The strength of the specimens bonding was evaluated using four-point bending and tensile tests. In the bend tests the loads were applied outside of the bonded area, resulting in a

constant bending moment in the bond. Specifically, the supports were placed 100 mm apart and the load was applied with a spacing of 50 mm, 25 mm from the supports. The moment in the bond could thus be calculated using:

𝑀 = 𝐹𝐿, (1)

where M is the moment in the bond, F the applied load at each of the loading points, and L the distance between the support and the load (25 mm). Three specimens were tested for each type of bond.

2.1. Dual-energy computed tomography

One of each type of specimens were characterised using DECT. The method used in this work is a variation of the method presented in [8]. The DECT was performed by acquiring two sets of projections, high and low energy, for each specimen and fusing of the projection sets. The projections were fused using templates generated by a sigmodal function and the expression:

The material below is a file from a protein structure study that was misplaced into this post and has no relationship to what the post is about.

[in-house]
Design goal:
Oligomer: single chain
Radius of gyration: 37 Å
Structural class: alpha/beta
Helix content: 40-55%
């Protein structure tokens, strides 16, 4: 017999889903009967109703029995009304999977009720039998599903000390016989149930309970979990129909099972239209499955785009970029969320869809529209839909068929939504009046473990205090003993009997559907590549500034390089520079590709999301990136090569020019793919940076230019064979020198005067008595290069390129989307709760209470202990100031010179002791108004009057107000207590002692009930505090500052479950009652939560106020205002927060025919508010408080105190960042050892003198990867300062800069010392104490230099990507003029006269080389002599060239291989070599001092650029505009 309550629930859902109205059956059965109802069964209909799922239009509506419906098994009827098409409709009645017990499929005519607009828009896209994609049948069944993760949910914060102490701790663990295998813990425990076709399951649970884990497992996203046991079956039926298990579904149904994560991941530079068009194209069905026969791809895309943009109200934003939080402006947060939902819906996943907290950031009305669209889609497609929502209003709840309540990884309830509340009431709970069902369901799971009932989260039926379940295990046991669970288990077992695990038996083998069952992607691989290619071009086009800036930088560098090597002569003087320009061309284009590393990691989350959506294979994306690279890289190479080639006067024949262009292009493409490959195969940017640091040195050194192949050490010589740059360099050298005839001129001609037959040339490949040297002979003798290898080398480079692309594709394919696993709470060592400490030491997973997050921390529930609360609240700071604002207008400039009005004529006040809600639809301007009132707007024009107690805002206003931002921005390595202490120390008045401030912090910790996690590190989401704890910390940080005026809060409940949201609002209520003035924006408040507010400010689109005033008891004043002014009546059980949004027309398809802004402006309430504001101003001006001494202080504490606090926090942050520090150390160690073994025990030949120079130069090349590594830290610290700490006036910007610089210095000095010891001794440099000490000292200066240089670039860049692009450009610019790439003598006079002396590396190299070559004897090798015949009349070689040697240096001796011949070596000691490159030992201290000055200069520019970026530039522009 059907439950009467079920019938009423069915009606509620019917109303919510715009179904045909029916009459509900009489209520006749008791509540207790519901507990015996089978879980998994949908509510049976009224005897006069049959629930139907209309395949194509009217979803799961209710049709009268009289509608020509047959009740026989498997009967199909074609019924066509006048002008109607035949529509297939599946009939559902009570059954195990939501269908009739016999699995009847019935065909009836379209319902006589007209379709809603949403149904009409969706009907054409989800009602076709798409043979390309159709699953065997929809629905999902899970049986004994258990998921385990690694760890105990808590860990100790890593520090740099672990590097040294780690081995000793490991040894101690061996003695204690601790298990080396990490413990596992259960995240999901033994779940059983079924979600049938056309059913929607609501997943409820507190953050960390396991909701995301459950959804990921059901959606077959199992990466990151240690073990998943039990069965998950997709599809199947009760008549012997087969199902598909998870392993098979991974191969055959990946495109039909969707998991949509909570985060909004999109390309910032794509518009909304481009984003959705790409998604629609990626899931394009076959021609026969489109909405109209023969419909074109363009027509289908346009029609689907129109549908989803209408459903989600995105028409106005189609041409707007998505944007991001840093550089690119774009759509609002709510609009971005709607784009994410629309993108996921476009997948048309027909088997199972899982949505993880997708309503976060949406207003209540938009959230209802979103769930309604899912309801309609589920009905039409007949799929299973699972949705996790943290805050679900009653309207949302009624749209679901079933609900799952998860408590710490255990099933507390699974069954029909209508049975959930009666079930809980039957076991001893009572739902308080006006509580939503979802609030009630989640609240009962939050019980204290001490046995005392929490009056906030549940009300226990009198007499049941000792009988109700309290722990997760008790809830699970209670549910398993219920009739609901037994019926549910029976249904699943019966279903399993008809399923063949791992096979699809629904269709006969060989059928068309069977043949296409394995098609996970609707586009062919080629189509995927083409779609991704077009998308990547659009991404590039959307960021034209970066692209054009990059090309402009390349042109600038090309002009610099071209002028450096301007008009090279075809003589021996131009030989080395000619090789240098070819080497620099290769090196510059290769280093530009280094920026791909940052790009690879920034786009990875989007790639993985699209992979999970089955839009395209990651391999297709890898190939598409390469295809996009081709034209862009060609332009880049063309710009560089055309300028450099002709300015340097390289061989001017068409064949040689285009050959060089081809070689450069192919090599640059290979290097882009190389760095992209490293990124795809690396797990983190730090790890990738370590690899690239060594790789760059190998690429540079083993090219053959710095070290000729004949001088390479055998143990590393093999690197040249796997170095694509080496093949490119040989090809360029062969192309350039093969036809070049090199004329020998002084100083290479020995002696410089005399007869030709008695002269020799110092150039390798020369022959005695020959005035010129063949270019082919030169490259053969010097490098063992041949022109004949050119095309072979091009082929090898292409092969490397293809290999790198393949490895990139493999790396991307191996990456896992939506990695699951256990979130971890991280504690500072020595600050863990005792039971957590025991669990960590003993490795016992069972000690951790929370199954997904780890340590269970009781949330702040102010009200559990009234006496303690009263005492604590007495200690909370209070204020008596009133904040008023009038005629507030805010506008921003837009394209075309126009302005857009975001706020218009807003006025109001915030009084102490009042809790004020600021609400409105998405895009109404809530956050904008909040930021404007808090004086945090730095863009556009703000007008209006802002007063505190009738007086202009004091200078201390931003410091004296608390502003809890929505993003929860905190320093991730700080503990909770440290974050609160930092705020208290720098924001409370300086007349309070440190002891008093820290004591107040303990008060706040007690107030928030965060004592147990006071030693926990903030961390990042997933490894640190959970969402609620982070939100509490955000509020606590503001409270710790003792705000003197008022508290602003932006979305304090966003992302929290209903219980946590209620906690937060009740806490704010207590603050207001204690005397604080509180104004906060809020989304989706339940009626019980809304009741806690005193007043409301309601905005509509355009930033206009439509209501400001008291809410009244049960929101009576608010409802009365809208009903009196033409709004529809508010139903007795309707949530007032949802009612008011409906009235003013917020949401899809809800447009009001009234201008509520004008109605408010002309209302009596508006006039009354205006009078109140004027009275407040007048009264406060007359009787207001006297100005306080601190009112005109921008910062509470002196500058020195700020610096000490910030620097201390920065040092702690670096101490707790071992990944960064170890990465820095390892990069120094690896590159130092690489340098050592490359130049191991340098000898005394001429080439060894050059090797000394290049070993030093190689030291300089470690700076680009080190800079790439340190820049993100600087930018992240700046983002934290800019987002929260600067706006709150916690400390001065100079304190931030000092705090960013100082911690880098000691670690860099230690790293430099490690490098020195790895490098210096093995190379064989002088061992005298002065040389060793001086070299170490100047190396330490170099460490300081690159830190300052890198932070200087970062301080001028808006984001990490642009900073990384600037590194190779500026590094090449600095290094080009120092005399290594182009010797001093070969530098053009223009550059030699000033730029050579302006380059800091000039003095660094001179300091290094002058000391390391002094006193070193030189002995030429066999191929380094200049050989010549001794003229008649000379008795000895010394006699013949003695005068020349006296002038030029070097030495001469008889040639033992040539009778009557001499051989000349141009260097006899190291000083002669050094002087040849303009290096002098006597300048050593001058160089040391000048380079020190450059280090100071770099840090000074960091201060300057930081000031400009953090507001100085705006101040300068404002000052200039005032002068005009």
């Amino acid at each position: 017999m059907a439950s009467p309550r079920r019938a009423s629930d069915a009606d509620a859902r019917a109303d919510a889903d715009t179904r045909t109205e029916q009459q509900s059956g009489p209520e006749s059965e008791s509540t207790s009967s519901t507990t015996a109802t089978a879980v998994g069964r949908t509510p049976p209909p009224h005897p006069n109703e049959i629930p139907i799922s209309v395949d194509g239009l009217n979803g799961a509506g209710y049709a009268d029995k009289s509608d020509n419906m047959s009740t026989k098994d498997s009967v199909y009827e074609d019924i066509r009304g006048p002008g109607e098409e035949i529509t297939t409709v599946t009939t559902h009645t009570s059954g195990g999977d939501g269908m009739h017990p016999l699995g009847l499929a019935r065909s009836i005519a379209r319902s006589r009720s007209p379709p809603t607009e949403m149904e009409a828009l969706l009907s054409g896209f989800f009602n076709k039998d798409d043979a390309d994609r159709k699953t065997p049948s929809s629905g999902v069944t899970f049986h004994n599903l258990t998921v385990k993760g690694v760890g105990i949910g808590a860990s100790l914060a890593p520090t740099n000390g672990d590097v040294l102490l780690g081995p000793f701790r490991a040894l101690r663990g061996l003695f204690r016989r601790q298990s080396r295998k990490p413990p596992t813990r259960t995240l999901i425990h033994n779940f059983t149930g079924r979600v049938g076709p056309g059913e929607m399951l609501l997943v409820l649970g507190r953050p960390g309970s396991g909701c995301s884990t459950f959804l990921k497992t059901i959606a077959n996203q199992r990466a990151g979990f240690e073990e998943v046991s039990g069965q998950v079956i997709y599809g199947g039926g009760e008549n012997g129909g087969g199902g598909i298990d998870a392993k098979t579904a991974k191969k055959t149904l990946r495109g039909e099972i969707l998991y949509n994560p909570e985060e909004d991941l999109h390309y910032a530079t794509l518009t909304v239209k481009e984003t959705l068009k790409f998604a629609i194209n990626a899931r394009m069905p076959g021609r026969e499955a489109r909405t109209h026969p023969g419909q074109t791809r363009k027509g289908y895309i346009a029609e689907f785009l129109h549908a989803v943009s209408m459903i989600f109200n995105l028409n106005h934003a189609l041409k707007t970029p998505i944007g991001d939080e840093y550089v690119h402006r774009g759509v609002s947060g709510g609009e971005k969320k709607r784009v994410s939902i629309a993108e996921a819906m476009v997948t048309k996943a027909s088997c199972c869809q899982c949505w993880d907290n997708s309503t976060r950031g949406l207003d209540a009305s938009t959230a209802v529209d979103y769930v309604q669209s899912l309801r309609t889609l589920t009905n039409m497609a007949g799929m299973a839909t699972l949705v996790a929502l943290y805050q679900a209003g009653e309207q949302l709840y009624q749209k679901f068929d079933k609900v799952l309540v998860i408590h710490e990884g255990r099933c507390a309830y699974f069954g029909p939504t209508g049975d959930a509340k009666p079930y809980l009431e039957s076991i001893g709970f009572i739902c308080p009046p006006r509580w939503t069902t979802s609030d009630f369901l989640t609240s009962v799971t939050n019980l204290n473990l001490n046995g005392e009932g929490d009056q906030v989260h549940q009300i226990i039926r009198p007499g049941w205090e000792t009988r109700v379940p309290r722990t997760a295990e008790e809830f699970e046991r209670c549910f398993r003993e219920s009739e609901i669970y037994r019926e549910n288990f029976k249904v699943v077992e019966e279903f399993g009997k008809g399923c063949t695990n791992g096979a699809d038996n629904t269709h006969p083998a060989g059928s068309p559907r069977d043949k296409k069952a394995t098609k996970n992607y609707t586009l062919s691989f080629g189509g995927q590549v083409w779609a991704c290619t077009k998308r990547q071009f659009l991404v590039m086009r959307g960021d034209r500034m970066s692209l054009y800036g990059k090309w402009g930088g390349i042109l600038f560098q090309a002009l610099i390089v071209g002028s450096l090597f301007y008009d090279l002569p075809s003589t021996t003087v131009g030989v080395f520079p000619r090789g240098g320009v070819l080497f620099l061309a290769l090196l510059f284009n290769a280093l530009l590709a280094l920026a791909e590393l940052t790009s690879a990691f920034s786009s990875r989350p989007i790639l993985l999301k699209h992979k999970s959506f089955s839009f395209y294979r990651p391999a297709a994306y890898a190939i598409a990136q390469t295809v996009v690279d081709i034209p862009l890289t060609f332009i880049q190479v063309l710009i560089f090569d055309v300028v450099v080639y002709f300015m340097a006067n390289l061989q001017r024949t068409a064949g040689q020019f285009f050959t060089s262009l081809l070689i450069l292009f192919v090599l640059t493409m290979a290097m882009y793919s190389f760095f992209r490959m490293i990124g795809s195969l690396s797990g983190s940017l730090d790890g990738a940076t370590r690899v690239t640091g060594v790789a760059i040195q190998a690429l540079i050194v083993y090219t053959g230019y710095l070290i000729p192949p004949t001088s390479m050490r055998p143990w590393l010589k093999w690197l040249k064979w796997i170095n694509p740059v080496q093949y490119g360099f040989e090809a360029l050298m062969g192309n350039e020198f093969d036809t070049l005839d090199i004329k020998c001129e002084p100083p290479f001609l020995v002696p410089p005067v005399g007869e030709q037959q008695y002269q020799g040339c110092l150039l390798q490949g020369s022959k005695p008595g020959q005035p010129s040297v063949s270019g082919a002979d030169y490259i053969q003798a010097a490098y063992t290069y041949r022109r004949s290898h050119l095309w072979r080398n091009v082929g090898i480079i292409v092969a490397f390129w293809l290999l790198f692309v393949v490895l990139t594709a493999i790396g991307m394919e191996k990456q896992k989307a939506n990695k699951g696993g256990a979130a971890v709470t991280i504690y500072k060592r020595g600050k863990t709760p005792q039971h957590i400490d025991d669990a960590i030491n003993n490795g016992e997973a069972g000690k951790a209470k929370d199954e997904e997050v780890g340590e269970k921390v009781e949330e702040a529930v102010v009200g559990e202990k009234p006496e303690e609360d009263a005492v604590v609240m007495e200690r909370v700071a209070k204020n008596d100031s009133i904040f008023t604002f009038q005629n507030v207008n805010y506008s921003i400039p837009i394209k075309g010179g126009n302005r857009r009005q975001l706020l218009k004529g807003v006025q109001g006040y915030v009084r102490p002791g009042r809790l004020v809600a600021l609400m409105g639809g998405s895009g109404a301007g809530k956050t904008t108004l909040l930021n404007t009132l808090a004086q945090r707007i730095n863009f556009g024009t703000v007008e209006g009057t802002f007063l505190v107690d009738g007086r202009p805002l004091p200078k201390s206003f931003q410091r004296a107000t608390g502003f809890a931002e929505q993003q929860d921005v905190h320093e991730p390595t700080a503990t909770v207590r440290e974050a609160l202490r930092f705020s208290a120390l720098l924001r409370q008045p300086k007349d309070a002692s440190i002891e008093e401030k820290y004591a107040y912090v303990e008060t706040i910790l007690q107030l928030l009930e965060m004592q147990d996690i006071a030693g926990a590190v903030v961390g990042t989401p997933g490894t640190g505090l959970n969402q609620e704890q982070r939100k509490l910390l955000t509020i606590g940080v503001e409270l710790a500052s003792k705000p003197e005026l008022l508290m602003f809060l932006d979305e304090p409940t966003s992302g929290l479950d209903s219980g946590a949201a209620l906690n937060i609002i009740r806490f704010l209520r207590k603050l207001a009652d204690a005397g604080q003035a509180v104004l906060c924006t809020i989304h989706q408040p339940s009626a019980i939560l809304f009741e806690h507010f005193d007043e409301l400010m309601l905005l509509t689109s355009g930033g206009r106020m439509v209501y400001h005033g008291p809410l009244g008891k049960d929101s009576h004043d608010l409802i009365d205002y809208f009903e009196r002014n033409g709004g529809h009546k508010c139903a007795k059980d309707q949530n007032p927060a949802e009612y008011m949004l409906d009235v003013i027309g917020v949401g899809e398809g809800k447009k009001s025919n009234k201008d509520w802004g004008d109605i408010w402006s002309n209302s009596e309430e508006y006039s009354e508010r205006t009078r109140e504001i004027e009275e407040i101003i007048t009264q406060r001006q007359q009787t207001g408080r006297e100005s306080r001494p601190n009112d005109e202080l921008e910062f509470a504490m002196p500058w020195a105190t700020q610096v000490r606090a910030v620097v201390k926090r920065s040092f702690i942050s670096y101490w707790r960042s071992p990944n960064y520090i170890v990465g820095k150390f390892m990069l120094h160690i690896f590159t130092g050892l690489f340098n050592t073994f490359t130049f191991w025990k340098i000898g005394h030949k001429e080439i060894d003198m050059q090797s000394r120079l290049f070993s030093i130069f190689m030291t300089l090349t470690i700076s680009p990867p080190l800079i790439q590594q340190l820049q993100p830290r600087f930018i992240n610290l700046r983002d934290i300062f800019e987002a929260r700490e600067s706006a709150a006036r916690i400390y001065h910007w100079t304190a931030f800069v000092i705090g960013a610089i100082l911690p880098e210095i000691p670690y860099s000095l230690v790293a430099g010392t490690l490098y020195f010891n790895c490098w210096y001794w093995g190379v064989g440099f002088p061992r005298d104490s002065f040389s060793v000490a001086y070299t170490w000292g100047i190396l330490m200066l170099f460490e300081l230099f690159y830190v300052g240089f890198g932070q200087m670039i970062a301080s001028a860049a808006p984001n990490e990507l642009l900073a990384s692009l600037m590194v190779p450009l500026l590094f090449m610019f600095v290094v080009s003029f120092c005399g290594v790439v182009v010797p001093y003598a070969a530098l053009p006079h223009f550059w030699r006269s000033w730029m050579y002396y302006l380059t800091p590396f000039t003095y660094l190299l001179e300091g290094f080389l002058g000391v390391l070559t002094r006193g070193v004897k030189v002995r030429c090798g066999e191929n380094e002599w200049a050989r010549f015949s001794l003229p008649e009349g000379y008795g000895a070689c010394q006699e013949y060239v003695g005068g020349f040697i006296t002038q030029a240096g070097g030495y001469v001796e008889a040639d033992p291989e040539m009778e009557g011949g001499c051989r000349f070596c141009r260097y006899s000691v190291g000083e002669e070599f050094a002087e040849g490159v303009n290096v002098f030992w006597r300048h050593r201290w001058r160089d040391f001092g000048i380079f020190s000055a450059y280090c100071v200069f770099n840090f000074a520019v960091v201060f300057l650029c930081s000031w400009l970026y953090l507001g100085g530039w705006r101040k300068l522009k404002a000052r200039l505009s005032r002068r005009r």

𝐼(𝑥, 𝑦)𝑓= 𝐼(𝑥, 𝑦)𝐻𝐼(𝑥, 𝑦)𝑇+ (1 − 𝐼(𝑥, 𝑦)𝑇)𝐼(𝑥, 𝑦)𝐿, (2)

where 𝐼𝑓 is a fused pixel, 𝐼𝐻 a high energy pixel, 𝐼𝑇 value from

the template (ranging from 0 to 1), and 𝐼𝐿 a low energy pixel.

The fused projections were finally reconstructed and evaluated in VGStudio MAX [9] using FDK.

Figure 2. The Aluminium side of the three types of bonds studied in this work a) Scales fabricated with AM b) Flat surface, fabricated by AM c) Flat

surface, fabricated with milling and sandblasting. The samples were fabricated 6 mm too wide so that they could be milled to final dimensions after curing


3. Results and Discussion

Results from the DECT characterisation of the bonds can be seen in figure 4. As can be seen from the CT images the scales fabricated on the AM samples does not fully penetrate the fibre plies. A few of the scales show good penetration while other are almost fully outside the carbon-fibre plies. It was also